McLean County farmers hope for more rain


MCLEAN COUNTY, Ill. (WMBD) – Dry weather in the Twin Cities may soon begin to affect the growing season for local farmers.

The USDA lists most of McLean County as abnormally dry based on the amount of precipitation the area has received.

Rodney Weinzierl, executive director of the Illinois Corn Growers Association, said this is a critical stage for corn crops right now. Weinzierl said about last week that pollination has started for corn crops and is playing a major role in determining yields for the harvest season.

On average, Weinzierl said farmers hope to see three to four inches of rain per month in the summer.

“We could use rain over the next week or two, or we could start to experience some top-end yield loss,” Weinzierl said.

Weinzierl said it’s currently too early to predict what corn crop yields will be, but expects it to be in fairly good condition.

“I would say right now the corn crop is probably still an average to above average crop, but the next few weeks will really determine that. An inch or two of rain over the next two weeks will likely do 80-85% of the crop,” Weinzierl said.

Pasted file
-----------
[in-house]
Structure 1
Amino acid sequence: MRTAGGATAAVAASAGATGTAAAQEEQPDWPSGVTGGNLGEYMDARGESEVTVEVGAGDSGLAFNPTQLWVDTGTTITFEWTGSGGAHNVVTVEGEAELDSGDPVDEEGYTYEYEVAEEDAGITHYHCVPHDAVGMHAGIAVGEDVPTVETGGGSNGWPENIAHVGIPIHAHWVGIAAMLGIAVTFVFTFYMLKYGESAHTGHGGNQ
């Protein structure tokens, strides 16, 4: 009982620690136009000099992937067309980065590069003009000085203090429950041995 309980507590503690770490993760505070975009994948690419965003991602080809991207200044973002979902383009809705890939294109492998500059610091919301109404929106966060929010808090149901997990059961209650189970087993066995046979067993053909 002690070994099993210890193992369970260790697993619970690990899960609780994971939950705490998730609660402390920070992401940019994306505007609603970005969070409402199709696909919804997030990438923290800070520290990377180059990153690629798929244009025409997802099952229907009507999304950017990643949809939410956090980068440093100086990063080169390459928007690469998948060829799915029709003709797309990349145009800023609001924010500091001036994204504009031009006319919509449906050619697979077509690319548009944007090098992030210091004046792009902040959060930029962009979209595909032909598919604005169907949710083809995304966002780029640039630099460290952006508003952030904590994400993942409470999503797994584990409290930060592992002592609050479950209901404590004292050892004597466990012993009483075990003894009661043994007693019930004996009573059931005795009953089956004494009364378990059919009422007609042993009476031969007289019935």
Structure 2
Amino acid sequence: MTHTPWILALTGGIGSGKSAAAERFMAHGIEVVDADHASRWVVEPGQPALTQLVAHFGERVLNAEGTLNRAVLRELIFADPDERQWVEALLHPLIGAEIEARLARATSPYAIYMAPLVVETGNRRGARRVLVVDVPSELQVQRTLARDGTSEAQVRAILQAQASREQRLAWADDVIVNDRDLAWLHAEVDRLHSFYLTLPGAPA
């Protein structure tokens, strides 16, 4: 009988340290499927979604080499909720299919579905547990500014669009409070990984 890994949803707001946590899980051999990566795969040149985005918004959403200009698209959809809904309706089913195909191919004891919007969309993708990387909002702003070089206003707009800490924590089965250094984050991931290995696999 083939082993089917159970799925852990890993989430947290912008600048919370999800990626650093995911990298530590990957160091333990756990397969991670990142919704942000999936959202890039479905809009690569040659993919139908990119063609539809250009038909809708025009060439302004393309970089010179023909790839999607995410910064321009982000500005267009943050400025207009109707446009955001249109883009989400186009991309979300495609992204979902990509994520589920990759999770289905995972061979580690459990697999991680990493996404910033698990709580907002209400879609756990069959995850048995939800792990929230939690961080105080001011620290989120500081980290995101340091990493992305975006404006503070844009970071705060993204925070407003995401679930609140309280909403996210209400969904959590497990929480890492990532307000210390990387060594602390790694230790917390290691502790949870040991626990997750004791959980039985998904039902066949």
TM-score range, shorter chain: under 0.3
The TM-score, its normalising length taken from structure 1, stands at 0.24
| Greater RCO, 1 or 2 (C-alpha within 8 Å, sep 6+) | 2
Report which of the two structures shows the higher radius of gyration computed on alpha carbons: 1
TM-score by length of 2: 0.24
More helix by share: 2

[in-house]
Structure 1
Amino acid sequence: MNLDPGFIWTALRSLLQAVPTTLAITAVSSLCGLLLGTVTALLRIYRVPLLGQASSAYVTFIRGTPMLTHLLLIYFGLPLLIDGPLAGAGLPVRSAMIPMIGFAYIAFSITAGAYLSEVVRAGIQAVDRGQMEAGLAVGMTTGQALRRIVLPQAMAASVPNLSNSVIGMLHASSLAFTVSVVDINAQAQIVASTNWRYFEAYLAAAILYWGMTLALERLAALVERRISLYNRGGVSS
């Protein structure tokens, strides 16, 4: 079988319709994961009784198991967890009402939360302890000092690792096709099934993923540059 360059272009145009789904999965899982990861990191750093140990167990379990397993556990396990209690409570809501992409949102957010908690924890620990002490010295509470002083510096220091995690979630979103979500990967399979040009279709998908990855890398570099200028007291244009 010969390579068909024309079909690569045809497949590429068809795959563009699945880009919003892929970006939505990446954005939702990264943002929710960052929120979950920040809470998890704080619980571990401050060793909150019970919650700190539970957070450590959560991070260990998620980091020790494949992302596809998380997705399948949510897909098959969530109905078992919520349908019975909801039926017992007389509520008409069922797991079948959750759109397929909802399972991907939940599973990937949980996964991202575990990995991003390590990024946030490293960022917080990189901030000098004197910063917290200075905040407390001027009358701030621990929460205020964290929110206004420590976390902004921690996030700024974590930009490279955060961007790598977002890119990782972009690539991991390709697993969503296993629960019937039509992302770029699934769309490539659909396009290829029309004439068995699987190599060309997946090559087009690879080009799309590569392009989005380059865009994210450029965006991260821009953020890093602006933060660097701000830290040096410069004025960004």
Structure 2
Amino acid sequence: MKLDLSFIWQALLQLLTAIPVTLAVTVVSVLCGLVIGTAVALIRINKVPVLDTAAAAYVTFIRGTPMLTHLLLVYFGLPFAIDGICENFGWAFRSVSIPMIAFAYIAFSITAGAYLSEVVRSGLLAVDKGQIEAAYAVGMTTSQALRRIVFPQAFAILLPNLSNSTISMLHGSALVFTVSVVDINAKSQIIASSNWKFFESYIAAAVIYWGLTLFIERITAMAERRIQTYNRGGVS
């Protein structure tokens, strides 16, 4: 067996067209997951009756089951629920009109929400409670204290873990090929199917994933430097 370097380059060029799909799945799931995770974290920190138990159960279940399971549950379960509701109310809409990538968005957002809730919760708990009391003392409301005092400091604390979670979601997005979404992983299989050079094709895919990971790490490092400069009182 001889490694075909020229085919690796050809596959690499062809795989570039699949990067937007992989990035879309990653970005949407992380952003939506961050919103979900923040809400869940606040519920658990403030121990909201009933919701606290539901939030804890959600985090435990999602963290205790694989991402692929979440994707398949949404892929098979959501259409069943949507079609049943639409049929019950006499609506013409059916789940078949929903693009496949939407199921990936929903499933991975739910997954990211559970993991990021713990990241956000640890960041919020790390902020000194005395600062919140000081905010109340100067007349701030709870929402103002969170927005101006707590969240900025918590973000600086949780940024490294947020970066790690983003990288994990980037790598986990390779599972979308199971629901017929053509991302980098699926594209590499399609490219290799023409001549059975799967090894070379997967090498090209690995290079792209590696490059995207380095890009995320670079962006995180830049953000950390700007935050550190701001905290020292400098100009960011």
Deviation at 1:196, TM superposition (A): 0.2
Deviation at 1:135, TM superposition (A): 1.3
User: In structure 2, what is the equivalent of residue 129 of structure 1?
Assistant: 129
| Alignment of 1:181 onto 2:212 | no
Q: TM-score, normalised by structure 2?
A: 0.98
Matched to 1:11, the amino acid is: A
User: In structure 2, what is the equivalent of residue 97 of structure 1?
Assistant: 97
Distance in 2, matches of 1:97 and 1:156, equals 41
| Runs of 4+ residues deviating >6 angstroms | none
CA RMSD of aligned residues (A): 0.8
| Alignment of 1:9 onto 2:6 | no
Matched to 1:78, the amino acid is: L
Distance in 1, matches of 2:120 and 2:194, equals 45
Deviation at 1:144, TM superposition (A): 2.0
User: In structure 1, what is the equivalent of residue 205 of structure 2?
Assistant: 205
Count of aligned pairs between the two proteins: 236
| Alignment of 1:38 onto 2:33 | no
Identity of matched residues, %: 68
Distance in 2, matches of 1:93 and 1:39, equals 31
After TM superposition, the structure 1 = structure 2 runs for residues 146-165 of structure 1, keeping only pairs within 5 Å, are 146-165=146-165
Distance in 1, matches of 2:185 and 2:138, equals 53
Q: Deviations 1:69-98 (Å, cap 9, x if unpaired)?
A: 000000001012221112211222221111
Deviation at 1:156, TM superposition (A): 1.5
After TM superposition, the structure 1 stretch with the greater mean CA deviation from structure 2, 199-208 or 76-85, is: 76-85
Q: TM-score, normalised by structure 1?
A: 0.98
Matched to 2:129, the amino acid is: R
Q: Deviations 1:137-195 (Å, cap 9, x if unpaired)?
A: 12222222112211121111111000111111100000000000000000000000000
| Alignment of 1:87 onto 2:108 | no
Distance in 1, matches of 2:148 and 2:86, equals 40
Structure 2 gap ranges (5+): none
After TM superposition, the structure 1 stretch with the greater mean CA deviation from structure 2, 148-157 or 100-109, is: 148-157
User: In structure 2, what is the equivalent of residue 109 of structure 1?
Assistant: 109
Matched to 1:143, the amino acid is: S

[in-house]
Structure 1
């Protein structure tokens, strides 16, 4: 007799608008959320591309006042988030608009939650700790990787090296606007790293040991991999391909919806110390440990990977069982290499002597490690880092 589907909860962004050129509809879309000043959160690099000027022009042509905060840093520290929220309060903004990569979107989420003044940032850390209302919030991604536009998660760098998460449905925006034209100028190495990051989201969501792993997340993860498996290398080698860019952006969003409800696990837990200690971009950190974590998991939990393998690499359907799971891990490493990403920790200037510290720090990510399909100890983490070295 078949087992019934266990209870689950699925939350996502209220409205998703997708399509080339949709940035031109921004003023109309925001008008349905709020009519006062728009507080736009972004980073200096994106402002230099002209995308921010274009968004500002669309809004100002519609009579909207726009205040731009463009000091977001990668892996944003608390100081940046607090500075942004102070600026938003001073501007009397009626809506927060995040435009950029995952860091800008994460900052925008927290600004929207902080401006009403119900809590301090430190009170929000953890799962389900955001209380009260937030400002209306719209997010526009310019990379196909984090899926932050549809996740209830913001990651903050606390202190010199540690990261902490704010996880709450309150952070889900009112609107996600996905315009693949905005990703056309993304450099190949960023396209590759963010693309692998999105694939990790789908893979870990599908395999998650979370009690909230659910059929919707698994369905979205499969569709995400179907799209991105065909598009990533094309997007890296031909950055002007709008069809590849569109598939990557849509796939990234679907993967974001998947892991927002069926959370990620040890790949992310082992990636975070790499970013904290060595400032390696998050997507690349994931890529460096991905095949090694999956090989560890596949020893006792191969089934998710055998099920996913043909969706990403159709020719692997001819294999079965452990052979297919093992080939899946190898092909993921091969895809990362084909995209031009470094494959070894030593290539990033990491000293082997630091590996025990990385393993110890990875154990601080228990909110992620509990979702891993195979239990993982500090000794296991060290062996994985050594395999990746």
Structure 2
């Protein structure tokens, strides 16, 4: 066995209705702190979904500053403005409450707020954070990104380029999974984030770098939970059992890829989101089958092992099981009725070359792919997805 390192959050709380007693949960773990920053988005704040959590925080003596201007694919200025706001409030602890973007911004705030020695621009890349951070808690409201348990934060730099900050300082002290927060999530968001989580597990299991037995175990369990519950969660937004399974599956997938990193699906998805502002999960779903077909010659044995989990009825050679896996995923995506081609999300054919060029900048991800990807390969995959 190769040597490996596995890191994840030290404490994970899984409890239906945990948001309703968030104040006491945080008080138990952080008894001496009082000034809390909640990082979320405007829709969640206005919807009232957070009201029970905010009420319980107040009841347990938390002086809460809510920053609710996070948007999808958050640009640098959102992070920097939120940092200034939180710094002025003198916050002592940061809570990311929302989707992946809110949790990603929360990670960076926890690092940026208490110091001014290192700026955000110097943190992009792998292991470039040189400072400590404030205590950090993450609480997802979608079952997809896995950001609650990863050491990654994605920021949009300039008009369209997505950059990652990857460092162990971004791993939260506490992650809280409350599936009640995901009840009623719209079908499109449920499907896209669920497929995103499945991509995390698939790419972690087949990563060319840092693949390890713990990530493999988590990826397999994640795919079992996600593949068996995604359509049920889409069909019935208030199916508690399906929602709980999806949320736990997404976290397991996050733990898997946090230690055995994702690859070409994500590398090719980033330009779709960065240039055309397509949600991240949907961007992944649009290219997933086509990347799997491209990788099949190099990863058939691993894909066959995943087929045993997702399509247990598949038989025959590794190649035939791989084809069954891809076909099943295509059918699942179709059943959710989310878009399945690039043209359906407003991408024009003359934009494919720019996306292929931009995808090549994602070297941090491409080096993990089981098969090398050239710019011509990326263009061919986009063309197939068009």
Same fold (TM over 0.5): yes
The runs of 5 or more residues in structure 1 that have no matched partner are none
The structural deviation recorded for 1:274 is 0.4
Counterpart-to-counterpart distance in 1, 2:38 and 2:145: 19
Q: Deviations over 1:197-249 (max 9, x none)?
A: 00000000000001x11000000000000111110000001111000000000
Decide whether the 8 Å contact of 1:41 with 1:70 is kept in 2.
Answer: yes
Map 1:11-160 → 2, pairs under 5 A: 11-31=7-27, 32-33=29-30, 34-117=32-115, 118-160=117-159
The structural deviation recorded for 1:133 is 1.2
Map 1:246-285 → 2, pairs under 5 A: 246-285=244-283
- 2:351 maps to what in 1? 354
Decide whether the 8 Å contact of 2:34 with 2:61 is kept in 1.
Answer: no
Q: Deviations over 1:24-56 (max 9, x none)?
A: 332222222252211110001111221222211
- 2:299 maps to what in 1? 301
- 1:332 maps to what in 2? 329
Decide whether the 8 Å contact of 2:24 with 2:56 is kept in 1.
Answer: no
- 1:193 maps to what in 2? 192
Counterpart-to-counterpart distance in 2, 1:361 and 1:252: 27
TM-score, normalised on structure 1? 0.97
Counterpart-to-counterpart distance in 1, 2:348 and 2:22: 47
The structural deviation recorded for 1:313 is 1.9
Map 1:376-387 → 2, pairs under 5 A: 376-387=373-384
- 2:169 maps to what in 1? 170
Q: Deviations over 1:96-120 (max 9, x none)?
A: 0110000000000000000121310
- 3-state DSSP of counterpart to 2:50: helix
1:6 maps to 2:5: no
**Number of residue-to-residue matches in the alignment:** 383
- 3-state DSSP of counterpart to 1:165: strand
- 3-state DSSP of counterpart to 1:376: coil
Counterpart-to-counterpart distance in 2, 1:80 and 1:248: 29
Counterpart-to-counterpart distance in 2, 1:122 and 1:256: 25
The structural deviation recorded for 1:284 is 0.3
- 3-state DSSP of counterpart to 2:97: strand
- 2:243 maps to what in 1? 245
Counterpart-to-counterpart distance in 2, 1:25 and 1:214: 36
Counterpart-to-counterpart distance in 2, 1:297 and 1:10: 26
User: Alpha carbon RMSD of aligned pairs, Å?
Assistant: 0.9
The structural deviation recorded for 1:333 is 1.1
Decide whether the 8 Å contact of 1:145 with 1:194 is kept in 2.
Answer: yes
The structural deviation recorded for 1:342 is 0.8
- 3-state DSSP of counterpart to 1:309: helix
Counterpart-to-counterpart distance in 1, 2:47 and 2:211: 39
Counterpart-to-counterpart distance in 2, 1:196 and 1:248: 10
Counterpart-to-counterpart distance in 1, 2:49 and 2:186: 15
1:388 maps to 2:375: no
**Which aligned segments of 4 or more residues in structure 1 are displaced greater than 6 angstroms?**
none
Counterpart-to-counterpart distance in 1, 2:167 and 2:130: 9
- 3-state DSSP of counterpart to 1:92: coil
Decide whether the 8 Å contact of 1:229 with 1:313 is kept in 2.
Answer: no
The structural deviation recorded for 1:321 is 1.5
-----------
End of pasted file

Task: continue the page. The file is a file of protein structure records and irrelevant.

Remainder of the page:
Arin Rader, owner of Rader Farms, grows corn, soybeans, pumpkins and sunflowers at home. He said that right now, below-average June rainfall that continued into July is hampering the growth of his soybean crops.

“It took longer without rain to cover the rows, so we get more sunlight down to the ground, which dries out the soil faster,” Rader said.

Pumpkin crops on the farm are also taking longer than usual to “cover up” due to the rain, according to Rader. Rader said insects also become a problem during drought because they look for other places to cool off if the grass dries out.

“Insects move into the fields and start eating the leaves and all that does is reduce your leaf area where you get your photosynthesis,” Rader said.

According to the USDA, this time last year McLean County was listed as having no abnormal drought.

Their next weekly report comes out on Thursday.

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